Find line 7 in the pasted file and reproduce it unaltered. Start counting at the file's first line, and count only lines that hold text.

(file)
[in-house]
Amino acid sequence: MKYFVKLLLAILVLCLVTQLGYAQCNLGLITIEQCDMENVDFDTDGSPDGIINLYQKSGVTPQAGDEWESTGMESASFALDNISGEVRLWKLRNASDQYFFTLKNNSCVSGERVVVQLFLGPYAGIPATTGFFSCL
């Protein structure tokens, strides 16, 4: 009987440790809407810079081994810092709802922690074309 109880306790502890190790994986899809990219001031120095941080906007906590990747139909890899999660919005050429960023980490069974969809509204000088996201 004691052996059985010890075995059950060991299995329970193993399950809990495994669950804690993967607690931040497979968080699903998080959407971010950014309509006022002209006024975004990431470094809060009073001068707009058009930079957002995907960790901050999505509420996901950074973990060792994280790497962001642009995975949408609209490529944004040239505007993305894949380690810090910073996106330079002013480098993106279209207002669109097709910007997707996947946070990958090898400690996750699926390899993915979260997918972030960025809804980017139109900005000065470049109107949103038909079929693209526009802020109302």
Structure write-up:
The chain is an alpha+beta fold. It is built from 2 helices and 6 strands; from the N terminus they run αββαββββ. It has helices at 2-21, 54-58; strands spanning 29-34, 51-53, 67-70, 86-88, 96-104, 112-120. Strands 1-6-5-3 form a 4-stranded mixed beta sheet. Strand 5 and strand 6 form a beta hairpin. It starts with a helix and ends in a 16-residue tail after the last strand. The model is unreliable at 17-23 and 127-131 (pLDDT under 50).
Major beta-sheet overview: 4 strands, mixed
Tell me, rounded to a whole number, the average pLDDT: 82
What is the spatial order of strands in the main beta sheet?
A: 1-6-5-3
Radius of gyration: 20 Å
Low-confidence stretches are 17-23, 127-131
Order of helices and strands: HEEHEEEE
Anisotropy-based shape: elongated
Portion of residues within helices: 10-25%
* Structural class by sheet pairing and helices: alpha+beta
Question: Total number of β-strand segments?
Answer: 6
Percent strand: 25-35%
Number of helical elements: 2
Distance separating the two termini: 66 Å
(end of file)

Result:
Tell me, rounded to a whole number, the average pLDDT: 82